Some may say that publishing the Commencement Regulations for the new Electronic Communications Code (‘new Code’) on 15 December 2017 so that the new Code will become law on 28 December 2017 is sneaky for the dog days of Christmas. While we could not possible comment on that, here is a reminder of what the new Code is and what the key changes for property owners are.

The Code – a history

The old Electronic Communications Code (‘old Code’) in the Telecommunications Act 1984, formerly known as the Telecommunications Code, gave telephone companies a statutory right to install and maintain landline equipment on another’s land. New forms of digital technology led to the amendment of the old Code, by the Communications Act 2003.

The new Code is found in schedule 1 of the Digital Economy Act 2017 (‘DEA 2017’), and replaces the old Code, subject to the transitional provisions found in schedule 2 of the DEA 2017.

The Code Rights

The new Code provides operators with the right to install and keep installed (and to inspect, maintain, adjust, alter, repair, upgrade and operate) electronic communications apparatus (including masts, cables, cabinets, ducts, antennae and telegraph poles) on, under or over another’s land, for the purposes of providing the operator’s network or providing an infrastructure system.

Key Changes

The key changes for property owners include:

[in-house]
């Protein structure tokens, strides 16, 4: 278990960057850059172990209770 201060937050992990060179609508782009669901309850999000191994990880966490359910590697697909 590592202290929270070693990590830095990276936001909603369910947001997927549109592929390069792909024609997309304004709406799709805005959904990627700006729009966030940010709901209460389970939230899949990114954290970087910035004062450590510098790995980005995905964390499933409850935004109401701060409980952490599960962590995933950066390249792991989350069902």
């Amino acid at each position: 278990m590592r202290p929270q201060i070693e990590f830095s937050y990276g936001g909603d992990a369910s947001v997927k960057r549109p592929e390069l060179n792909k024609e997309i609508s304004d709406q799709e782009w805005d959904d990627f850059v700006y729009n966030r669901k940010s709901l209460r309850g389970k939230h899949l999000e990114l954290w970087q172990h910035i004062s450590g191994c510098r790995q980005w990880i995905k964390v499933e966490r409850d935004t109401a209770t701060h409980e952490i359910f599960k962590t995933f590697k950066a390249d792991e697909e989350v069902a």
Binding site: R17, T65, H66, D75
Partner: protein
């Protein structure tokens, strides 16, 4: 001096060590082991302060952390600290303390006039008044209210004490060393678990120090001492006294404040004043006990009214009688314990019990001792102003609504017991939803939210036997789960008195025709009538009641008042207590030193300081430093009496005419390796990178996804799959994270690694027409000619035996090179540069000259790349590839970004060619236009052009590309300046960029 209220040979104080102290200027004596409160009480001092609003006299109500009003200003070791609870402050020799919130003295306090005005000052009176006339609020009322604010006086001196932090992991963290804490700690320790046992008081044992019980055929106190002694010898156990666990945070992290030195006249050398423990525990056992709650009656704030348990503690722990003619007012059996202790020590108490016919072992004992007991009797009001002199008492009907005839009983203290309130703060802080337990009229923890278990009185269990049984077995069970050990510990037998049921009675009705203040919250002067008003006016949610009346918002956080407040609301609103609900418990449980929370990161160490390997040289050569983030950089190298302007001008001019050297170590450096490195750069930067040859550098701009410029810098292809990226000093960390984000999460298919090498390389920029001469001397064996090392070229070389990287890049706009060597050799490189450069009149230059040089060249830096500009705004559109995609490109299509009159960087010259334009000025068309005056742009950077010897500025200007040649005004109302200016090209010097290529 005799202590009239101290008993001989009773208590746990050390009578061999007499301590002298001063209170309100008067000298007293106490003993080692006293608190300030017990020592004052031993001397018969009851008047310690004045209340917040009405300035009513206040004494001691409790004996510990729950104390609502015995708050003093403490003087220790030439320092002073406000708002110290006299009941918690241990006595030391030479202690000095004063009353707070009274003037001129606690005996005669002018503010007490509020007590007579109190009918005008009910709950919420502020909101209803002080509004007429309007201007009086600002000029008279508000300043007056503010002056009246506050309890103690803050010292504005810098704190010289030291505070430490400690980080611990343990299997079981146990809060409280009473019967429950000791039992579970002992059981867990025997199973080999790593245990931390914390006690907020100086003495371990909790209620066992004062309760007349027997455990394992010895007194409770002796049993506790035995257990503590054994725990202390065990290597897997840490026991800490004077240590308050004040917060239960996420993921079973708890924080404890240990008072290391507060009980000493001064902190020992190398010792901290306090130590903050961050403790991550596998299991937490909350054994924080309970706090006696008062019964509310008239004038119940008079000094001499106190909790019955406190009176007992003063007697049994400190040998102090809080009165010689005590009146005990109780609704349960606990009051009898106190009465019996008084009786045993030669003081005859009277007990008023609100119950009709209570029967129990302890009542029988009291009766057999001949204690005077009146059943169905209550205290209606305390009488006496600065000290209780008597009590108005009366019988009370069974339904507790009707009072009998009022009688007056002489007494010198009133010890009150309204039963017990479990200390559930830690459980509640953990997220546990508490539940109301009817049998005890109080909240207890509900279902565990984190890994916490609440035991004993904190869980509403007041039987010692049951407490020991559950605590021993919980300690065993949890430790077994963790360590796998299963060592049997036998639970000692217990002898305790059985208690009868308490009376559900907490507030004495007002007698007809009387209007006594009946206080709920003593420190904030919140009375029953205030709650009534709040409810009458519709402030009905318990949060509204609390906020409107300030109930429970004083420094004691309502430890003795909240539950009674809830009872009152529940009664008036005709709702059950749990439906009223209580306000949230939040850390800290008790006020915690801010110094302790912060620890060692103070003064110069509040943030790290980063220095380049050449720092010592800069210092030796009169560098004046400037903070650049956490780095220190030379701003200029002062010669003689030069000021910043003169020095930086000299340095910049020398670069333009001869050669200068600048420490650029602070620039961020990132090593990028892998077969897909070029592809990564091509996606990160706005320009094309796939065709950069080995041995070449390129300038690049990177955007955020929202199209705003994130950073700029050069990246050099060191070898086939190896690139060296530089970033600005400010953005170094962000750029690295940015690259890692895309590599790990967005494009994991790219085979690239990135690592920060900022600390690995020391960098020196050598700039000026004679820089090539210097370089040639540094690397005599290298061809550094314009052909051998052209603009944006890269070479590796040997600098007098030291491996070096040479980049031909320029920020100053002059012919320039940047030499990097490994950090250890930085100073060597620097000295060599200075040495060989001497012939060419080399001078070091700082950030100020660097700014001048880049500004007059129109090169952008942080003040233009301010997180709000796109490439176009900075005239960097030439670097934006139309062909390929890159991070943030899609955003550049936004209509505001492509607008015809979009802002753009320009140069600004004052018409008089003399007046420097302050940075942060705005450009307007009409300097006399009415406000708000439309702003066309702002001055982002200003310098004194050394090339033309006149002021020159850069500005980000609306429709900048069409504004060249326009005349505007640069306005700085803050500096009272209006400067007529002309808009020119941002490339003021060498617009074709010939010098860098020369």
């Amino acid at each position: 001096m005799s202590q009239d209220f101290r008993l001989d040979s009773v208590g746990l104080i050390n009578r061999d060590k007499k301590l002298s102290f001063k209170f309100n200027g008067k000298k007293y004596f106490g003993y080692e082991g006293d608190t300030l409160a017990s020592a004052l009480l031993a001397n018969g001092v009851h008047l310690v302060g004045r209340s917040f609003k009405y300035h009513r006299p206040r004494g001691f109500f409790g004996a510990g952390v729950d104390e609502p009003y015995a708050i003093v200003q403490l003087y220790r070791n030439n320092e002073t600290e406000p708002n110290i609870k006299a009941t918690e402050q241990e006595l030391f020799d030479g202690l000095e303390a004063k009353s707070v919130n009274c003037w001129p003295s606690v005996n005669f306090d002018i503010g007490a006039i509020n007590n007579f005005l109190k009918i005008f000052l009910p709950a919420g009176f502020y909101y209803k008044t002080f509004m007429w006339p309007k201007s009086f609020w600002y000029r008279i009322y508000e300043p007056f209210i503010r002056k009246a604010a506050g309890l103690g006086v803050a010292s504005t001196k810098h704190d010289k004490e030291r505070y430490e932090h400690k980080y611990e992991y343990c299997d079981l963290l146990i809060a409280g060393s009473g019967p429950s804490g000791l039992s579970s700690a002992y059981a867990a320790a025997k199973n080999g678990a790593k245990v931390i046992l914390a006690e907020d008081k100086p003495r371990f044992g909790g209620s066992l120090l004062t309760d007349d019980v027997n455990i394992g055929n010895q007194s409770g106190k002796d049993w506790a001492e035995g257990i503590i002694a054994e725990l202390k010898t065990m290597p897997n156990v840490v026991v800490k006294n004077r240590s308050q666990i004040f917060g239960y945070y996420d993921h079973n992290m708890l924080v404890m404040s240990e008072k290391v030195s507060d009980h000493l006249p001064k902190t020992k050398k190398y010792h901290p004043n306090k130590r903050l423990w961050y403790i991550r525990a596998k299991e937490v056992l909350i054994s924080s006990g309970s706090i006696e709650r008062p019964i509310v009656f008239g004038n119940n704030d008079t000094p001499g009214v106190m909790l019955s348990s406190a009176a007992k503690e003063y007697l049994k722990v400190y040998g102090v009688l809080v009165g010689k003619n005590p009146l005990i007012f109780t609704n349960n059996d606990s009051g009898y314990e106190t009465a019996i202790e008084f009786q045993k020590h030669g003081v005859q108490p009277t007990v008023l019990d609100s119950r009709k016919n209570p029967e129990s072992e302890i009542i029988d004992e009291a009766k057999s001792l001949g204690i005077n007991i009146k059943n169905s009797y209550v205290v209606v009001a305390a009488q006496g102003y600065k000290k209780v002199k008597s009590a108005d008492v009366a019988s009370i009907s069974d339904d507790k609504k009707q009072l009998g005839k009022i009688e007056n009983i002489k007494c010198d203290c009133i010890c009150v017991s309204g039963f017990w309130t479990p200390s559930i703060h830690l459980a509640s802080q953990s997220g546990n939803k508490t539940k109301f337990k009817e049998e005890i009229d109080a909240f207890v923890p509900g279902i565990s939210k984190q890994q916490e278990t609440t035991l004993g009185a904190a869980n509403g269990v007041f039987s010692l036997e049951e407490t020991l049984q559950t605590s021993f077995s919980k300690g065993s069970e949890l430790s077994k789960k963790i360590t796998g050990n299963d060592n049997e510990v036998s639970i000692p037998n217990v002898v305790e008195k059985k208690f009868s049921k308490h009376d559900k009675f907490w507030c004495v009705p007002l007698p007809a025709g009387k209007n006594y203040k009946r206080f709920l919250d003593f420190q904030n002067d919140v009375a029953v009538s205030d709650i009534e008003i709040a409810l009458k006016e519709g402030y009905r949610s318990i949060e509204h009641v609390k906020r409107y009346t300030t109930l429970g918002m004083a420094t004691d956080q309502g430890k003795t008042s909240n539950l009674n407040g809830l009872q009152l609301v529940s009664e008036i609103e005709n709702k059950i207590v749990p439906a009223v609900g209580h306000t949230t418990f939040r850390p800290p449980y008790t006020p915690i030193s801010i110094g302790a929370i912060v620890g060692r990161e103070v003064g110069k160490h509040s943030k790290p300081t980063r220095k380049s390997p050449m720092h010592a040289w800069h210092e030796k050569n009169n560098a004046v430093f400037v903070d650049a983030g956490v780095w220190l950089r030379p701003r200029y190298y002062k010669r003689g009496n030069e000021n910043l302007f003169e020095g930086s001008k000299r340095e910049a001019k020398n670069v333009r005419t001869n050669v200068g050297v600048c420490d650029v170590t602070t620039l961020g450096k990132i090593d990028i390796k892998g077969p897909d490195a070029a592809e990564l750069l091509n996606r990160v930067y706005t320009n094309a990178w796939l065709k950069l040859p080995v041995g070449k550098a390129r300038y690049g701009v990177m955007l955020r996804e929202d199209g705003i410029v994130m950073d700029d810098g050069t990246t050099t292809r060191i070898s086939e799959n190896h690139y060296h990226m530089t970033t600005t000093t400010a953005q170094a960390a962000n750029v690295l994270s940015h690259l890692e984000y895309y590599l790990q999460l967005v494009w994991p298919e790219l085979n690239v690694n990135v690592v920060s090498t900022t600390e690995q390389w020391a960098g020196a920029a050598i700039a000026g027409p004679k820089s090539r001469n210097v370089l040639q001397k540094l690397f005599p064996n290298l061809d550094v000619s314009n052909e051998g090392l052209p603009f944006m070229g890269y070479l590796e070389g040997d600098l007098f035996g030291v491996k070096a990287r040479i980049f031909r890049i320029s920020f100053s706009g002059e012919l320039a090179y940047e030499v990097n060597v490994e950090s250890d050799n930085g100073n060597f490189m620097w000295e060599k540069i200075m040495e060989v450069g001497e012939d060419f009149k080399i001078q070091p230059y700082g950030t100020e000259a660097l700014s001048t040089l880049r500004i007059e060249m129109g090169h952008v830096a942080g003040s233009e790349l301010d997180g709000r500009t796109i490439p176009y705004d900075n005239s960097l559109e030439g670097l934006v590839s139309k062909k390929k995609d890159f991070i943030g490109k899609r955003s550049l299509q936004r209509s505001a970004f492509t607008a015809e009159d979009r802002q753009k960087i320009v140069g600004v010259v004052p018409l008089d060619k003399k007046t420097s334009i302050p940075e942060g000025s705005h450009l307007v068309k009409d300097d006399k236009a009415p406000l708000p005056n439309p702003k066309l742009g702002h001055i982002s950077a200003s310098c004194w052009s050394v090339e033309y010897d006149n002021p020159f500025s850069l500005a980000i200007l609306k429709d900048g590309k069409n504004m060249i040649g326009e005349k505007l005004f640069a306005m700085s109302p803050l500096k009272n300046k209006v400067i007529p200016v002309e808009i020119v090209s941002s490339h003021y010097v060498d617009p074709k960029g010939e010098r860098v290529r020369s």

Compensation payable for the imposition of the Code rights is calculated on the market value of the Code agreement, and is assessed on the basis of a “no scheme” valuation. This excludes any value attributable to network use. It assumes that the transaction does not relate to the provision or use of an electronic communications network(!) and that there is more than one site which the operator could use for these purposes. It contemplates that there are other possible uses to which the site could be put, which in the case of antennae on a roof space or a cabinet in a corner of a field could be limited.

This means that property owners will (generally) be receiving lower rents from the operators than they currently do under the old Code, aligning the compensation with the rents payable by other utility providers (electricity, water, gas), which is the Government’s intention to equate the rights to other infrastructure.     

• Assignment, Upgrading and Sharing of Apparatus

Operators have new rights to assign Code agreements and upgrade and share apparatus with other operators.

The freedom to assign Code agreements will deprive property owners of the option of negotiating new agreement terms with a new operator and/or charging a new operator an increased rent. This freedom is not entirely absolute in that the property owner can require the operator to enter into a form of authorised guarantee agreement, by which the outgoing operator guarantees the incoming operator’s obligations. This will not protect the property owner on further assignments.